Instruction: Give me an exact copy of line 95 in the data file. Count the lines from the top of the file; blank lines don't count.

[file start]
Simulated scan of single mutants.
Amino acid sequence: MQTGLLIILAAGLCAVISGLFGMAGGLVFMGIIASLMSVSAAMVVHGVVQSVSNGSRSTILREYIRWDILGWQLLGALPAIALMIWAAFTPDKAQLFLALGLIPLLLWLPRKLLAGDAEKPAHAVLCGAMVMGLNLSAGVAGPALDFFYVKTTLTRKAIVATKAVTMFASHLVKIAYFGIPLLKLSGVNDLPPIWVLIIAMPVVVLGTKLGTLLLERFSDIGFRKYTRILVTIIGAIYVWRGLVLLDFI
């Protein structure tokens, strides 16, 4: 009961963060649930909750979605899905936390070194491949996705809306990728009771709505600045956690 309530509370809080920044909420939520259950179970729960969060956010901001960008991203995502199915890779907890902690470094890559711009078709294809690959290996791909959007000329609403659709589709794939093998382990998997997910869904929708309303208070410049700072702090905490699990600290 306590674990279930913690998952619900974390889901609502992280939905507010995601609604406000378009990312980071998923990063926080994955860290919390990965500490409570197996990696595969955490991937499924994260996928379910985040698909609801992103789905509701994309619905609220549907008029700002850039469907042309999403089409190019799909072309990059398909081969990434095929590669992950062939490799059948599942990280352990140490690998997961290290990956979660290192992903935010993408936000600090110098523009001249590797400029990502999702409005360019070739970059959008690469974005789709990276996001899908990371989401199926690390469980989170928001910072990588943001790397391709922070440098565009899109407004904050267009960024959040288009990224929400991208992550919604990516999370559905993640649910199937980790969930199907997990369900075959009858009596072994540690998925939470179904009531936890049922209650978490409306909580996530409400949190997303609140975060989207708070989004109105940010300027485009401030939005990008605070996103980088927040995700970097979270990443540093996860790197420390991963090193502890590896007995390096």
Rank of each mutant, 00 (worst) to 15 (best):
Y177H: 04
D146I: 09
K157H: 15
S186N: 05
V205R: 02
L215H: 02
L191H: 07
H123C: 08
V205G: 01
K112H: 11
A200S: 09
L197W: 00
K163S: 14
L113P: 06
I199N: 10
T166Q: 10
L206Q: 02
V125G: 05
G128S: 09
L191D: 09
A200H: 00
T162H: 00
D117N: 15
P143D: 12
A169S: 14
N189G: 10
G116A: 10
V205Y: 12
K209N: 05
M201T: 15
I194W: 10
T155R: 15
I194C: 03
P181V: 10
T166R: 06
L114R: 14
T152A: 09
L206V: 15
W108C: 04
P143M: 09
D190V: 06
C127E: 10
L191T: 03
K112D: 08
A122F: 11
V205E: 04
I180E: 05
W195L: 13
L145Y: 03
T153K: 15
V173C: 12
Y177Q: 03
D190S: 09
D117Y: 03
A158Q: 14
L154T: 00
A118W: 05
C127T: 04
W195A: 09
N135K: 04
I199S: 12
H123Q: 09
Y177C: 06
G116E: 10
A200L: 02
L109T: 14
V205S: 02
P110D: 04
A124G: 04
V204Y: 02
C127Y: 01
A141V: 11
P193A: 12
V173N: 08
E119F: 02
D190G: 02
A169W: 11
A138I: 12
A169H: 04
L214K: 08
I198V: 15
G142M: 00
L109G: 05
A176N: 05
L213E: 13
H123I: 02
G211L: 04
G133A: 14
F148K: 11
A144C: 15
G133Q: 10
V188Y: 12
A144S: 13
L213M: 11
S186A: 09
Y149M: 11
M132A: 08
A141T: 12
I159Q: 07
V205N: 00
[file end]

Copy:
G133Q: 10